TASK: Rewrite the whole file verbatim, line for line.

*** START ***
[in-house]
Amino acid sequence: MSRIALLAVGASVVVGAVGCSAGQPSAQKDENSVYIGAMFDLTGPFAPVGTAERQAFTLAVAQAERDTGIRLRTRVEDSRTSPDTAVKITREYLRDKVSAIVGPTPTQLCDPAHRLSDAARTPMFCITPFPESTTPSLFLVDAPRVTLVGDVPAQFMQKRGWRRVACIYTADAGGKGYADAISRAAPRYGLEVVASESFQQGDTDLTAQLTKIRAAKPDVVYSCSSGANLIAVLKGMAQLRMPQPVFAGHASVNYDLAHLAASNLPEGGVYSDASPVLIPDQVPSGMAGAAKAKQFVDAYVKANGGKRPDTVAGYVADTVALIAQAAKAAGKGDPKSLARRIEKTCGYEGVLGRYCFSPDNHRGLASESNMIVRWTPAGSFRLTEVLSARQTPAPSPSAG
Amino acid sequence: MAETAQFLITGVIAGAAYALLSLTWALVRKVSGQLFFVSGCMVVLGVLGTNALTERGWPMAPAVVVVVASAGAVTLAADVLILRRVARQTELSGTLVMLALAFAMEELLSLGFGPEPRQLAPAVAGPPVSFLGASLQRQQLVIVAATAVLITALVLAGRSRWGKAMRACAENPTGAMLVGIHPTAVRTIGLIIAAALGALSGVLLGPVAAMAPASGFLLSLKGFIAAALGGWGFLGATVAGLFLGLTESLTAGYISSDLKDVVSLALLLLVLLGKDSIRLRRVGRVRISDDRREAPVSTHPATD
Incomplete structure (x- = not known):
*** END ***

[in-house]
Amino acid sequence: MSRIALLAVGASVVVGAVGCSAGQPSAQKDENSVYIGAMFDLTGPFAPVGTAERQAFTLAVAQAERDTGIRLRTRVEDSRTSPDTAVKITREYLRDKVSAIVGPTPTQLCDPAHRLSDAARTPMFCITPFPESTTPSLFLVDAPRVTLVGDVPAQFMQKRGWRRVACIYTADAGGKGYADAISRAAPRYGLEVVASESFQQGDTDLTAQLTKIRAAKPDVVYSCSSGANLIAVLKGMAQLRMPQPVFAGHASVNYDLAHLAASNLPEGGVYSDASPVLIPDQVPSGMAGAAKAKQFVDAYVKANGGKRPDTVAGYVADTVALIAQAAKAAGKGDPKSLARRIEKTCGYEGVLGRYCFSPDNHRGLASESNMIVRWTPAGSFRLTEVLSARQTPAPSPSAG
Amino acid sequence: MAETAQFLITGVIAGAAYALLSLTWALVRKVSGQLFFVSGCMVVLGVLGTNALTERGWPMAPAVVVVVASAGAVTLAADVLILRRVARQTELSGTLVMLALAFAMEELLSLGFGPEPRQLAPAVAGPPVSFLGASLQRQQLVIVAATAVLITALVLAGRSRWGKAMRACAENPTGAMLVGIHPTAVRTIGLIIAAALGALSGVLLGPVAAMAPASGFLLSLKGFIAAALGGWGFLGATVAGLFLGLTESLTAGYISSDLKDVVSLALLLLVLLGKDSIRLRRVGRVRISDDRREAPVSTHPATD
Incomplete structure (x- = not known):